By Adam Lucas
This story is not for right now.
Roy Williams doesn’t need anyone pointing out how great he is this week. He’s on his way to his ninth Final Four as a coach and his fifth since he returned to Carolina. That makes five Final Fours in 14 seasons; just to give you a frame of reference, Dean Smith went to four Final Fours in his final 14 seasons as Carolina’s head coach.
This week, then, Williams is an acknowledged genius. This column is for that inevitable time—whether it be Saturday night or next November—when the world once again decides he’s a questionable coach. You know it’s coming. Sooner or later, he won’t call timeout at the right time, or he’ll play too much/not enough zone, or he’ll use the wrong rotation.
What follows is a short and not exhaustive list of some of the technical adjustments Williams made that enabled Carolina to defeat Kentucky on Sunday evening. Not included in this list are season-long coaching moves such as developing a bench (remember all those cries of “Why is Luke Maye playing?” back in November and December?) or motivating Justin Jackson to work hard enough to become the ACC Player of the Year.
No, these are purely chalkboard-type items, just a few moves by a Hall of Fame coach that gave his team the best opportunity to advance to the Final Four.
The entire world had decided Theo Pinson was going to defend 47-point scorer Malik Monk in Sunday’s game. Williams played along during Saturday’s press availability, but had already determined Jackson would defend Monk while Pinson matched up against De’Aaron Fox.
It worked. Jackson’s length frustrated Monk, and Jackson was just physical enough to unsettle the rookie. Monk went to the floor midway through the first half and glared at an official when no call was made; it was a great sign for the Tar Heels, as the freshman seemed rattled and never got into a rhythm. He went from the 4:31 mark of the first half until the 0:39 mark of the second half without scoring a point.
Fox, meanwhile, shot 5-for-14, including 3-for-9 in the second half. Every great coach sometimes needs a little luck, too. That’s part of what happened with Fox, as he unexpectedly picked up two fouls while matched up against Stilman White in a key first half stretch and spent most of the remaining half on the bench.
Yes, it really happened. After Isaac Humphries’ continued his offensive assault to give Kentucky a 64-59 lead with 5:09 remaining, Williams called his first timeout of the second half. The timeout was a little unusual, but the setting was familiar. Carolina had just recovered from a five-point deficit against Arkansas in the final three minutes to advance to the Sweet 16.
“Coach was so good with them,” Steve Robinson said right after the win over the Wildcats. “He had said that Arkansas game was going to help us, and that’s what he told them.”
“What we had to do is we had to play,” Williams said. “We had to go get a great shot.”
Theo Pinson made a very tough shot to reverse the slide, and the comeback was underway. Timeouts are not a guaranteed momentum-stopper. But this one was.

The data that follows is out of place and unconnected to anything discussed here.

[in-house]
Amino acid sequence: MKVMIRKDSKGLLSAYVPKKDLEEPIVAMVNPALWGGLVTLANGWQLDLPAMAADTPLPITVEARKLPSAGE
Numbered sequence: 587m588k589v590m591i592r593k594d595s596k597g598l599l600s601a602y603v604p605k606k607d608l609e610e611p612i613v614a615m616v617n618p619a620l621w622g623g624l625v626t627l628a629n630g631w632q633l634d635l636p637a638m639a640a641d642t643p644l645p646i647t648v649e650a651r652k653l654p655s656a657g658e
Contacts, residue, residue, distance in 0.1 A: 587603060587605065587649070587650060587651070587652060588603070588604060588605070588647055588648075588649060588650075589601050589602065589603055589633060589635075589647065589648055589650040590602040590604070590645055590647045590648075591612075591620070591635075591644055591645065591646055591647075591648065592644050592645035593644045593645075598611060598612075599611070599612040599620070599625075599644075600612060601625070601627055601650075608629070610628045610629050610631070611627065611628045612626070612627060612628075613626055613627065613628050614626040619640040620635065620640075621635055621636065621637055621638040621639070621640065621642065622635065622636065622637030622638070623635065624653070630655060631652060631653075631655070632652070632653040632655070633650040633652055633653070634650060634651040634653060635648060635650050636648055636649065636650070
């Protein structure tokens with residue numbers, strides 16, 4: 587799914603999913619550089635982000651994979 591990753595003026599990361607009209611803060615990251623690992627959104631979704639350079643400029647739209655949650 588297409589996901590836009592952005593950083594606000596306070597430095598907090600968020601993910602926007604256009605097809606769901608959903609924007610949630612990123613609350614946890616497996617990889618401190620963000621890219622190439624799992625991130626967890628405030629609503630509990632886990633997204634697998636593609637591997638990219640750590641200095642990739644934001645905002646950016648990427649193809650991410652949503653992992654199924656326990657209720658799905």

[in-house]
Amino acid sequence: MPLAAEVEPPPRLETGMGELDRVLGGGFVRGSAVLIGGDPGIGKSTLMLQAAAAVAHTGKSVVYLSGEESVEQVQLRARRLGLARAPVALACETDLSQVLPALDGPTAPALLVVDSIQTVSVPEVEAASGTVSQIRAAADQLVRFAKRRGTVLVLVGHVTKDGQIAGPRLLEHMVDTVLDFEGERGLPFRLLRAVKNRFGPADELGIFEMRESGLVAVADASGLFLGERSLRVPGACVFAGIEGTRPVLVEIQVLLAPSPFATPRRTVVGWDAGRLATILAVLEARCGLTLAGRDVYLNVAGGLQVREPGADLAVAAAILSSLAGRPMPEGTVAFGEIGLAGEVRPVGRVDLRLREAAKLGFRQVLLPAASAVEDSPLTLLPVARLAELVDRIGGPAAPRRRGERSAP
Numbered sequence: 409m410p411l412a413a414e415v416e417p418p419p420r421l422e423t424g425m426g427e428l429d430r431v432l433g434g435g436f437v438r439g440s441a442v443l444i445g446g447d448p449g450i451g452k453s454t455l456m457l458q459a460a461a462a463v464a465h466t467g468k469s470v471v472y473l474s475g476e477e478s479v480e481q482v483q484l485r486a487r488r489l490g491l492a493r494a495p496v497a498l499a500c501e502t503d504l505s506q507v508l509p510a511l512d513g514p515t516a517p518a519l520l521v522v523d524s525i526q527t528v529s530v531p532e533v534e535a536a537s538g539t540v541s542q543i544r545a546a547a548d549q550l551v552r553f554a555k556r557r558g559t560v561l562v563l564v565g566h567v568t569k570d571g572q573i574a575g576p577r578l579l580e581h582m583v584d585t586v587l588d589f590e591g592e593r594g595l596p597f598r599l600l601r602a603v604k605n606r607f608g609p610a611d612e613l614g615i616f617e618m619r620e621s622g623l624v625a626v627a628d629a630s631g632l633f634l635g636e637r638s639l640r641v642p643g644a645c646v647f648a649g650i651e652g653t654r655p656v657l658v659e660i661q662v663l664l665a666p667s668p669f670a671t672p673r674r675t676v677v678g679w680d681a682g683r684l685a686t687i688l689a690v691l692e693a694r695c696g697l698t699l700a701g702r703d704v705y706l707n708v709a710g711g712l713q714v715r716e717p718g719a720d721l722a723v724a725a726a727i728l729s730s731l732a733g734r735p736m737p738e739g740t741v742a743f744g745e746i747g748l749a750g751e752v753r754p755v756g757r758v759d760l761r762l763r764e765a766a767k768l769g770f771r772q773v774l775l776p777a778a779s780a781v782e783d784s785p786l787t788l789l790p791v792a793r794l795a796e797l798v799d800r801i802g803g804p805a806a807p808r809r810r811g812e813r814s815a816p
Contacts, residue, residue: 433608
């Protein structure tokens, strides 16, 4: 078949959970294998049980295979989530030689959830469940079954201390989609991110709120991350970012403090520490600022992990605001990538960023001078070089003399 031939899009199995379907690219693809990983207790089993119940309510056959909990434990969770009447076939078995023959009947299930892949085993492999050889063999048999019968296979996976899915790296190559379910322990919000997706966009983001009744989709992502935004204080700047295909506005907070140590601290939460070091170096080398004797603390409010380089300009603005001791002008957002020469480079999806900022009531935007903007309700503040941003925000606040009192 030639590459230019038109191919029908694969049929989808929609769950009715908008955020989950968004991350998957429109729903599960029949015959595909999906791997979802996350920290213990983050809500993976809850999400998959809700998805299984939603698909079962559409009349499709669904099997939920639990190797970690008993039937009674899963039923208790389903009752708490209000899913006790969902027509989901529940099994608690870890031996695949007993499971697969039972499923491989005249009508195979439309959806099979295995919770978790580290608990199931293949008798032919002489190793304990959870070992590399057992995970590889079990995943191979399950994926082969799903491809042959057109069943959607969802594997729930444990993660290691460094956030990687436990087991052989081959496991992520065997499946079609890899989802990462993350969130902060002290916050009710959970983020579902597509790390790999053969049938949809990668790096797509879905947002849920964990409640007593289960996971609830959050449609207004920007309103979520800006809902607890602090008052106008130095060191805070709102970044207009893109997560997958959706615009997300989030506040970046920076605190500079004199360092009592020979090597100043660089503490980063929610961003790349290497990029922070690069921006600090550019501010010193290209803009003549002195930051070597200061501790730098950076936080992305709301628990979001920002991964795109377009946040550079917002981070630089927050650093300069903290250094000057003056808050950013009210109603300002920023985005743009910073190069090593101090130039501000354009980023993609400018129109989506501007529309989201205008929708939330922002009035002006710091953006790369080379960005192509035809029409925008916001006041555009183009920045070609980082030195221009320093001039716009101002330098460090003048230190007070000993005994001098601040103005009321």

It never hurts to take one straight out of the Dean Smith playbook. During that timeout, Williams made the decision to go zone. Kentucky had scored on a staggering 12 offensive possessions in a row; there wasn’t much reason to keep trying the same thing. So the Tar Heels went to a 2-3 in perhaps the key adjustment of the game.
“We went zone just to see if we could give them a different look,” Williams said. “They were getting too much dribble penetration.”
Once the brackets were announced on Selection Sunday, the coaching staff met to determine what should make up the practices for the ensuing weeks. One topic of discussion: zone defense, just in case the Tar Heels needed to provide a defensive changeup to a hot opponent or play through some foul trouble. "If you go back and look at our practice plans for the last three weeks, probably 50 to 60 percent of the time we're working on zone," Williams said on his radio show Monday night.
The Wildcats were empty in two possessions against the zone, Kennedy Meeks recorded a key blocked shot, and the Tar Heels were able to successfully keep Kentucky off the offensive glass.
“With five minutes to go, I told the staff in the huddle, ‘They’re going to go zone,’” John Calipari said. “Some guys argued. I said, ‘They’re going to go zone.’ And we did not quite execute. We weren’t in the spots we were supposed to be in, and it kind of started from there.”
This was the smallest, tiniest part of the game-winning play, but it’s also something Carolina practices beginning in October. Everyone knows that Theo Pinson threw the pass to Luke Maye for Maye’s lifechanging jumper. But remember that Kennedy Meeks threw the ball to Pinson to initiate the play.
And it wasn’t just a simple pass. After Monk made the game-tying three-pointer, Meeks immediately grabbed the ball out of the net and tossed the inbounds pass. There was no hesitation, no waffling over who was supposed to take the ball out, no looking to the sideline. Grab the ball, get it, and go. That’s a fundamental Williams teaches in every practice.
Did it make a difference? It might have. The Wildcats never got set defensively. “I probably should have called a timeout,” Calipari said. “It entered my mind, but they got the ball in so quick, I couldn’t get anybody to do it. But I needed to stop that right there.”
He couldn’t, because the Tar Heels executed what Williams teaches them at every practice starting on the first day of the year. When you sit at a Carolina practice, sometimes you wonder why the head coach is fanatical about execution after a made opposing shot. For fourteen years in Chapel Hill, he’s been preaching it. Sunday, it paid off in the biggest possible way.